There are a several handicapped-accessible areas in Framingham, Natick, Wellesley, Newton, Brookline, and Boston for spectators to get up close to the race course, but they are not reserved exclusively for handicapped access. There is an area reserved exclusively for handicapped spectators to watch the Boston Marathon at the intersection of Hereford Street and Boylston Street (Boston), on the North side of the course. Spectators can access the reserved area at the intersection of Massachusetts Avenue and Boylston Street (one block West).

No headquarters hotel has been designated for participants, but participants may find it convenient to stay in Boston's Back Bay neighborhood, which is where the race finishes.
No, please do NOT run if you have not been officially entered in the race. Race amenities along the course and at the finish, such as fluids, medical care, and traffic safety, are provided based on the number of expected official entrants. Any addition to this by way of unofficial participants, adversely affects our ability to ensure a safe race for everyone.

Historically, runners who beat their qualifying standard by a larger amount of time are more likely to be accepted into the Boston Marathon. Due to field size limitations, as well as a hightened interest in participation, a "cut-off" time (a time below the minimum qualifying standard for age and gender) has been established. Below is a list of when entrants needed to obtain a faster time than their minimum standard in order to be accepted into the race:

  • For the 2012 Boston Marathon, the cut-off for qualifying times was drawn at those who beat their qualifying standard by 74 seconds or faster. 
  • For the 2014 Boston Marathon, the cut-off for qualifying times was drawn at those who beat their qualifying standard by 98 seconds or faster.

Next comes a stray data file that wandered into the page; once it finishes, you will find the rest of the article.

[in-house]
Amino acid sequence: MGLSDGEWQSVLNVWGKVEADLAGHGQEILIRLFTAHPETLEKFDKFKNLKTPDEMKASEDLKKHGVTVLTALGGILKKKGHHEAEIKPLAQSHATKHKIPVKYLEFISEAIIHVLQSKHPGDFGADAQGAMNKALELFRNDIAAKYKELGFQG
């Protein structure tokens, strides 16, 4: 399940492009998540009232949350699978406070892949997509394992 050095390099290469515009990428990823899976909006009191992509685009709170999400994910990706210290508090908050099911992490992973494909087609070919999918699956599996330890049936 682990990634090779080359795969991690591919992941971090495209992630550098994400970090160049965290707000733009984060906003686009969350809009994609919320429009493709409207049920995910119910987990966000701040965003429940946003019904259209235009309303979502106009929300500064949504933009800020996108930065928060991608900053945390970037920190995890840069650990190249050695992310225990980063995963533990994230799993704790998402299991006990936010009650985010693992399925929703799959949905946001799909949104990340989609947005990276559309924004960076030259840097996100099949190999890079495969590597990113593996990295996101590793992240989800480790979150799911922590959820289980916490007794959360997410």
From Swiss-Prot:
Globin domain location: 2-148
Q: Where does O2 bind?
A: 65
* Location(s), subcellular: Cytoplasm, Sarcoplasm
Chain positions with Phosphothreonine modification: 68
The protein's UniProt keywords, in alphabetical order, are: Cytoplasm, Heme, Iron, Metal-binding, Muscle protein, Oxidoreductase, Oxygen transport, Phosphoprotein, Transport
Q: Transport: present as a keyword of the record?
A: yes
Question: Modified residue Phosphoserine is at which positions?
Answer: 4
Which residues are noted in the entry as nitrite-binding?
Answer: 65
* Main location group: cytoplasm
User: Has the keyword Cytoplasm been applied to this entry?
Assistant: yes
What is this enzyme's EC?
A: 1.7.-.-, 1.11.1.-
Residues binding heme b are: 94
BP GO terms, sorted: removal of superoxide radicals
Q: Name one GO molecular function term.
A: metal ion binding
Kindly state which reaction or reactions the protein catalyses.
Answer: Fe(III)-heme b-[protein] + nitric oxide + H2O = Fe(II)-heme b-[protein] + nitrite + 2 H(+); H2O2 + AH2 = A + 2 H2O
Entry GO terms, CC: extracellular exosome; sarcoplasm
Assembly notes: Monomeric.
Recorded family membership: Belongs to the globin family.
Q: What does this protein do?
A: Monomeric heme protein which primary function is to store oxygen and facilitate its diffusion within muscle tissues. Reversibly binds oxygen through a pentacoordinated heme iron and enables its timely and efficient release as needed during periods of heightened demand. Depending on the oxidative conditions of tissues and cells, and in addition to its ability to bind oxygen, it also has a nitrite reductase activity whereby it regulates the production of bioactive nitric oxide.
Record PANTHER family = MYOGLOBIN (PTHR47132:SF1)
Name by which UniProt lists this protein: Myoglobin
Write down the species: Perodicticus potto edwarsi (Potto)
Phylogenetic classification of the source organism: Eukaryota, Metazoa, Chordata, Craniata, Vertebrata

• For the 2015 Boston Marathon, the cut-off for qualifying times was drawn at those who beat their qualifying standard by 62 seconds or faster.
  • For the 2016 Boston Marathon, the cut-off for qualifying times was drawn at those who beat their qualifying standard by 2 minutes and 28 seconds or faster.
  • For the 2017 Boston Marathon, the cut-off for qualifying times was drawn at those who beat their qualifying standard by 2 minutes and 9 second or faster.

Although these were the cases for previous years, we cannot predict how competitive the registration process will be for any given year, or how quickly it will fill. If you don’t have a qualifying time but still wish to participate, you can apply to run for the Boston Marathon Official Charity Program. Click the button below for more information:


The 13.1-mile, rolling course is an out-and-back route that runs along the Emerald Necklace park system.

  • The B.A.A. Half Marathon will begin and end at White Stadium in Boston’s Franklin Park. The park, one of the oldest in America, is located in Boston’s Jamaica Plain and Dorchester neighborhoods.
  • With a start on Pierpont Road, the course proceeds out of Franklin Park, over the Monsignor William Casey Overpass, and past the Arnold Arboretum and Jamaica Pond as The Arborway becomes The Jamaicaway.
  • The course then passes Willow Pond and Olmsted Park, before the turn-around-point on The Riverway 4.75 miles into the race.
  • On the return, runners hug the western side of the Emerald Necklace, with Leverett Pond, and Jamaica Pond now on the left.
  • The race re-enters Franklin Park and loops around animal enclosures in the Franklin Park Zoo, before finishing on the track in White Stadium.

For more information, and to view the course map (including an elevation chart), click the button below:

B.A.A. Moment